By: Evelyn Pae

Fungi are one of the most peculiar and mysterious kingdoms sprouting on the tree of life. They can grow in locations as remote as the ocean depths or as personal as the nooks between your toes. It is estimated that that millions of species of fungi remain unknown to science. However, even the most common species of mushroom can conceal extraordinary properties. Several types of fungus, like the oyster mushroom, have the ability to pull heavy metals and other toxins from the soil. This property has many potential applications in land restoration and toxicology. (4) (6)

Mycoremediation is the name given to the practice of using fungi to cleanse soil or aquatic environments. (8) Several studies have already shown promising results in this field. (1) (5) (7) In one 2015 research trial, 7 out of 15 strains of mushroom proved their ability to draw arsenic from contaminated soil, which had positive effects on plant growth. Arsenic contamination is an agricultural problem in the United States. (7) Toxins in soil can reduce crop production, and accumulation of toxins in the crops can negatively affect human health.

Some types of fungi can also be used to degrade chemical compounds that enter the environment as a byproduct of industrial activity. Pleureotus ostreatus can degrade polycyclic aromatic hydrocarbons (PAHs) polluting soil, increasing the germination rate of mustard seeds in one mycoremediation study. (1) PAHs are found in coal residues and can have carcinogenic effects on living organisms. Mushrooms, occupying the decomposer role in ecosystems, naturally process these organic molecules. Oyster mushrooms’ ability to absorb toxins from fossil fuel pollution could also be useful in ecosystem restoration, such as in the use of mycobooms to clean up oil spills. (8)

P. ostreatus can also absorb antibiotics that are released by concentrated animal feeding operations, livestock centers at which high levels of antibiotics are administered to animals in order to artificially sustain the unsanitary living conditions there. Environments contaminated with antibiotic medication are breeding grounds for new strains of antibiotic-resistant bacteria, creating a public health concern. The ability of P. ostreatus to absorb one such antibiotic, a chemical named oxytetracycline commonly used to treat skin conditions or lung infections, was successfully tested in 2012. (5)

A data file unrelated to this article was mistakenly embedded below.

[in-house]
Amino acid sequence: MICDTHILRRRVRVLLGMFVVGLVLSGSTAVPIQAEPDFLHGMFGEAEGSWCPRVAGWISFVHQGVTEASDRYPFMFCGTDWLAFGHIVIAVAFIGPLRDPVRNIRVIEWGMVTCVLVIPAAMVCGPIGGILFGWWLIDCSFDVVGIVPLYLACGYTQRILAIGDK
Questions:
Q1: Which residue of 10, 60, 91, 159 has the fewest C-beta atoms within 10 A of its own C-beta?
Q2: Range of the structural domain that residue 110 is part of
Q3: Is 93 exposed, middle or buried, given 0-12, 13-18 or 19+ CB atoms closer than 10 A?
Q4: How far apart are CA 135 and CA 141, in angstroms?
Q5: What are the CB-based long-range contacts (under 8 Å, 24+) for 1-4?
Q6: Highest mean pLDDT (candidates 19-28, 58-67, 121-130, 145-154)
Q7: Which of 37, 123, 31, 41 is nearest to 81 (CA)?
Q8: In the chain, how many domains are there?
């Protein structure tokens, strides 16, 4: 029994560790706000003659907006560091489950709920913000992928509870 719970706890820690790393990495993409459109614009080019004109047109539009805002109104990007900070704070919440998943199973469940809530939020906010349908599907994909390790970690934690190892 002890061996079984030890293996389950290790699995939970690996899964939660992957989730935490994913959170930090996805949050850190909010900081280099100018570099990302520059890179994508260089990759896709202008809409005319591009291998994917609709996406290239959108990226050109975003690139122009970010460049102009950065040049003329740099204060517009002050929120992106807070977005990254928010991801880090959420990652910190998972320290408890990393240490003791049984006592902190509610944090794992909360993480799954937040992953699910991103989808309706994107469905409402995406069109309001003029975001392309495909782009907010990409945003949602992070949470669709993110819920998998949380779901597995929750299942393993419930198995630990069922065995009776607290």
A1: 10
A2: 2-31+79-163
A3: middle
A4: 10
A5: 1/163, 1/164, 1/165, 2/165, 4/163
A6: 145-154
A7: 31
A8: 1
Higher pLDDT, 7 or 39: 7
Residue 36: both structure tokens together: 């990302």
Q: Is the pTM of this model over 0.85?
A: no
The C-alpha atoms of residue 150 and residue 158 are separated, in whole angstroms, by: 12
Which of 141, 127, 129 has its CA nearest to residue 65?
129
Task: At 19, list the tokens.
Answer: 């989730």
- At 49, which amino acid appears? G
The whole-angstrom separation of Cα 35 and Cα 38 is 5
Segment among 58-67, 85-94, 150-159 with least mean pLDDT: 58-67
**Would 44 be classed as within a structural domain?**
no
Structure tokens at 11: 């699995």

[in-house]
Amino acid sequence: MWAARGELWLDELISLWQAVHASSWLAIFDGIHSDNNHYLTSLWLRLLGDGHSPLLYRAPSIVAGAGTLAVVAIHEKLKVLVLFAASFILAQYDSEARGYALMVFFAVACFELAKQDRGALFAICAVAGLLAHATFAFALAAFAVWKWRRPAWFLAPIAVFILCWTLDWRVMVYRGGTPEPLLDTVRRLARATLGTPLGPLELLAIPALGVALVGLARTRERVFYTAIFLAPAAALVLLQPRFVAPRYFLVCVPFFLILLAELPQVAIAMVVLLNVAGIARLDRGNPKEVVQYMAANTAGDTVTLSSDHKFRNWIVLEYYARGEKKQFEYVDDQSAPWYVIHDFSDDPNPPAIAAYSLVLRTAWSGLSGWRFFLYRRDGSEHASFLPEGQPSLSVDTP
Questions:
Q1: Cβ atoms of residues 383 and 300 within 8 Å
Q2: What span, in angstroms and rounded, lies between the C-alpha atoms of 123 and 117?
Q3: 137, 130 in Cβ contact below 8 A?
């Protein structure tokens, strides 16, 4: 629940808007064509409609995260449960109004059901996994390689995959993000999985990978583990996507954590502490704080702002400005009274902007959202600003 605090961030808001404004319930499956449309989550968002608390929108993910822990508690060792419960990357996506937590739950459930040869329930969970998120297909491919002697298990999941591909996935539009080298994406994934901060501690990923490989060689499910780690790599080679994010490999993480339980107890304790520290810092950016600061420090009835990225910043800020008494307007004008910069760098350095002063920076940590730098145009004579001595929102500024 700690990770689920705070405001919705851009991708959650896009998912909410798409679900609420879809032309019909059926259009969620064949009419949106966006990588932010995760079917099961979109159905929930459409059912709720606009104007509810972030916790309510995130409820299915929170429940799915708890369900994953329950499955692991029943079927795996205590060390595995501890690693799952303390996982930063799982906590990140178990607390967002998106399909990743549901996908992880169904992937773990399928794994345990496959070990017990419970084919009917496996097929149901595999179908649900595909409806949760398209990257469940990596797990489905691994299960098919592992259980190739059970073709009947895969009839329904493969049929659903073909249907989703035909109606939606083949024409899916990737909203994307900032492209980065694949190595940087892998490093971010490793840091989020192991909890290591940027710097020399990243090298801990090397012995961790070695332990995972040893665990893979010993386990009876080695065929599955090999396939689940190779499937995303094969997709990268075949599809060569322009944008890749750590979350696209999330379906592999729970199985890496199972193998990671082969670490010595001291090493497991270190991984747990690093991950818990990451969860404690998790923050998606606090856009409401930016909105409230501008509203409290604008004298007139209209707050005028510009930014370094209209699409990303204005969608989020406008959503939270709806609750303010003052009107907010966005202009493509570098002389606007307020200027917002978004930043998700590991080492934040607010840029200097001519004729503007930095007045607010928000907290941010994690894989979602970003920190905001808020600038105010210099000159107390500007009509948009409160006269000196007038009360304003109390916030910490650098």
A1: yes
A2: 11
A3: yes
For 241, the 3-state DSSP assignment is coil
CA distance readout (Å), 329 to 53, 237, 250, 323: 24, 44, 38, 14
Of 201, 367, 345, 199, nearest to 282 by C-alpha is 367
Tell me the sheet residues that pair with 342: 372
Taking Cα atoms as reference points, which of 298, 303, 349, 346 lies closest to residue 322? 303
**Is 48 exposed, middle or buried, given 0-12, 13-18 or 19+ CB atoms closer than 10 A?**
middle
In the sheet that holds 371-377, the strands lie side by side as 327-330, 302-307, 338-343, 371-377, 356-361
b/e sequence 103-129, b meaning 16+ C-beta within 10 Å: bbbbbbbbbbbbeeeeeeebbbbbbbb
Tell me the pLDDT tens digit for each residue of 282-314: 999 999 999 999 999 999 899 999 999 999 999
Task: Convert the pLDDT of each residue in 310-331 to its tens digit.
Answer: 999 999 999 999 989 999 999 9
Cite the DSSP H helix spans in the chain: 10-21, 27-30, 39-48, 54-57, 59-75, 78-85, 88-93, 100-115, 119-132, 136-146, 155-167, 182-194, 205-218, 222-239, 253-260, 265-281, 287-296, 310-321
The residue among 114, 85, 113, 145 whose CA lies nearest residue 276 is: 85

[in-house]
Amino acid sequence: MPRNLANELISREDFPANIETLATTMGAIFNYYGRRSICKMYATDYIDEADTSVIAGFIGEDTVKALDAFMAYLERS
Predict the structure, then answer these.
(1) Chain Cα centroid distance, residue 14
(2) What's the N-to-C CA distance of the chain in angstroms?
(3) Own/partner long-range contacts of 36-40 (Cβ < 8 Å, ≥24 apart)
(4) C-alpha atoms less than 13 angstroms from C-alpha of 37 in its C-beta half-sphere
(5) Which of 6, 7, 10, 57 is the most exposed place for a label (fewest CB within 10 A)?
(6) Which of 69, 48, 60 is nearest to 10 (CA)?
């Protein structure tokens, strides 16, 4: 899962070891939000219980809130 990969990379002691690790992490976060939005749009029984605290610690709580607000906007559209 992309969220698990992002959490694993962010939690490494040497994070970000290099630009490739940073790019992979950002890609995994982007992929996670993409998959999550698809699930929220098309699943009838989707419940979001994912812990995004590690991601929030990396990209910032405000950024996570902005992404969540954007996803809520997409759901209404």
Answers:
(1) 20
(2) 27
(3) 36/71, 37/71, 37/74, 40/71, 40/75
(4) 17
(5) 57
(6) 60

While mycoremediation is a promising field of bioremediation studies, the tendency for fungi to accumulate toxins in their fruiting bodies can be a problem when it comes to the human consumption of mushrooms. Because of the high levels of heavy metal and fossil fuel pollution in today’s environment, some mushrooms must be consumed with caution. (2) Mushrooms—as a source of fiber, many key vitamins, and protein—are an important food source that occupies a different growing niche from most conventional crops today. By further studying fungal bioaccumulation, important knowledge for both land restoration and nutrition can be obtained from these vital decomposer organisms.


  1. Bhatt, M., Cajthaml, T. & Šašek. “Mycoremediation of PAH-contaminated soils.” V. Folia Microbiol (2002) 47: 255.
  2. Chatterjee, S., Sarma, M.K., Deb, U. et al. “Mushrooms: from nutrition to mycoremediation.” Environ Sci Pollut Res (2017) 24: 19480.
  3. Kalač, Pavel. “A review of trace element concentrations in edible mushrooms.” Food Chemistry. 15 May 2000.
  4. Kulshreshtha, Shweta, et al. “Mushroom as a product and their role in mycoremediation.” AMB Express. PMC. 1 Apr. 2014.
  5. Migliore, Luciana, et al. “Biodegradation of oxytetracycline by Pleurotus ostreatus mycelium: a mycoremediation technique.” ScienceDirect, Elsevier B.V., 1 March 2012,
  6. Rhodes, Christopher J. “Mycoremediation (bioremediation with fungi) – growing mushrooms to clean the earth, Chemical Speciation & Bioavailability, 26:3, 196-198, DOI: 10.3184/095422914X14047407349335.
  7. Singh, M. et al. “Soil fungi for mycoremediation of arsenic pollution in agriculture soils.” Journal of Applied Microbiology. Society for Applied Microbiology. 21 Oct. 2015.
  8. Stamets, Paul. “The Petroleum Problem.” Fungi Perfecti, Fungi Perfecti, 3 June 2010,

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